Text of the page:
Introducing Lithuania

Lithuania (Lithuanian: Lietuva) is a country in northeastern Europe on the Baltic Sea. Lithuania has been a member of the European Union and the North Atlantic Treaty Organization since 2004. Lithuania is the only Baltic nation with a history of more than 800 years of statehood, and its name was first mentioned a thousand years ago, in 1009. For a time in the 15th century, Lithuania was one of the largest states in Europe, with thriving crafts and overseas trade.

Vilnius University, a significant scientific and educational center on the European scale, was established in 1579. Lithuania enacted the First, Second, and Third Statutes in the 16th century. They formed the backbone of the country's legislative structure and had a major effect on the legislation of other European countries at the time. Despite integrating with Poland and losing its independence, Lithuania managed to retain its Third Statute in place for up to 250 years, which was critical in maintaining public national and civic self-awareness. The Lithuanian-Polish Constitution, along with the French Constitution, were Europe's first written constitutions, both adopted in 1791. Lithuania was a part of the Russian Empire in the nineteenth century, gained independence after World War I, was occupied by the Soviet Union in 1940, and gained independence again in 1991.

Lithuanian is the official language of the nation, and it is one of two languages (along with Latvian) in the Baltic branch of the Indo-European family. Despite Lithuanian's kinship to many other European languages, its ancient syntax makes it a notoriously difficult language to learn. To become fluent in the language, it takes nearly a year of research. Having said that, any attempt to speak the language or learn a few phrases will be warmly received by the locals. Lithuanians are well aware that their language is difficult for foreigners to understand, and they do not expect you to be fluent in it.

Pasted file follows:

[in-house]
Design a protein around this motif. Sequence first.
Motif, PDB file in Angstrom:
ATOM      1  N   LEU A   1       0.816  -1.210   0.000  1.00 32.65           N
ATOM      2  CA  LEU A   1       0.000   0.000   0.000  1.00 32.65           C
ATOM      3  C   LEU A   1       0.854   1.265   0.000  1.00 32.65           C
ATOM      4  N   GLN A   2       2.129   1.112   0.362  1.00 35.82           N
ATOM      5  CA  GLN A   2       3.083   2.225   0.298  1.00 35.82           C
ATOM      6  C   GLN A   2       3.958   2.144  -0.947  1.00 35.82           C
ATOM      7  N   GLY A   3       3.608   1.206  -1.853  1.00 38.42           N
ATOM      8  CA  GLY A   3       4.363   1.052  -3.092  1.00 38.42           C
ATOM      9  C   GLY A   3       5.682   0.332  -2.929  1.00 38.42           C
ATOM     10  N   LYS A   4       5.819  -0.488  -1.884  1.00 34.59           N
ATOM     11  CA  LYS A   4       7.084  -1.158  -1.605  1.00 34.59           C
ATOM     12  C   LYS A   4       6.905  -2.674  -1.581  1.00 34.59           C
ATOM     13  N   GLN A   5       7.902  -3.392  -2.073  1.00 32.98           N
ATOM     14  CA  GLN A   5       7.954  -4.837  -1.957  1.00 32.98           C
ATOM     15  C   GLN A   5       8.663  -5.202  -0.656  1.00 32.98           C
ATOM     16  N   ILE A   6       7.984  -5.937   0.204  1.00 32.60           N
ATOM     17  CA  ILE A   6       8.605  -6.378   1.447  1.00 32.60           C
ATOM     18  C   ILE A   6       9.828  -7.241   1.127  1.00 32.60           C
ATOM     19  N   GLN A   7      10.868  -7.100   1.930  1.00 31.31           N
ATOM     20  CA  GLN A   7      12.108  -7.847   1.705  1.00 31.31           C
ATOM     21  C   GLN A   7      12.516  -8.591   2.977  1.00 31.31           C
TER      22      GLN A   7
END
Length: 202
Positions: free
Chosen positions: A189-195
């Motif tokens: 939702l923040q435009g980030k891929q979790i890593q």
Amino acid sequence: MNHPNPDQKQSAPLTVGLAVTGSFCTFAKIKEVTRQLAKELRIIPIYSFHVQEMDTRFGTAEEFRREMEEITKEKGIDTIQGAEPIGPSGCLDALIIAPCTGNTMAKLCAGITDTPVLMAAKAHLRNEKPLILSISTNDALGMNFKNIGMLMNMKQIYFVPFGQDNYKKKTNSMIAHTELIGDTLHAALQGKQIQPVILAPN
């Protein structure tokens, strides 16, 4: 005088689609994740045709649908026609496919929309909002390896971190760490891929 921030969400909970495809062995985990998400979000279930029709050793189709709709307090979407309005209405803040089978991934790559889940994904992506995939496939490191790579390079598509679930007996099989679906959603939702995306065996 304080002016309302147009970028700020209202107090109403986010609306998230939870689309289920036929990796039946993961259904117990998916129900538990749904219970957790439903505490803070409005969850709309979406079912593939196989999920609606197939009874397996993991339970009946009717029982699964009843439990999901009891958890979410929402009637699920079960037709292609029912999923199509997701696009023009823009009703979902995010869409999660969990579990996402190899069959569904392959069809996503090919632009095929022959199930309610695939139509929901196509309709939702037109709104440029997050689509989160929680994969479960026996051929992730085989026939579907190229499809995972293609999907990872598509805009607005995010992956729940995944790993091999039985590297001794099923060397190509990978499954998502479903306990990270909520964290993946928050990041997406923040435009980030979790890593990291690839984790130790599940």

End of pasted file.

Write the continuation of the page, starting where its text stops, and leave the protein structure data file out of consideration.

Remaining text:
Russian is commonly spoken as a second language, but its use is dwindling as more Lithuanians choose to learn English. According to EU figures, 40% of Lithuanians speak Russian. In general, the older generation is more fluent in Russian than their juniors. Lithuanians are always willing to converse in English with tourists.

Other spoken languages include Polish and German, which are only used in a few areas of the country.

Most people in Samogitia (Western Lithuania) speak Samogitian, which is slightly different from Standard Lithuanian.

Written on 04/15/2017 - 00:55 by Shawn Blake

Last modified on 04/25/2021 - 05:19

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Submitted 1 year 7 months ago by MattHanson1990.

Lithuanians rank second in Europe in terms of closure, i.e. low emotional expression. They don't show much emotion or smile much, and it takes a lot to gain their trust.

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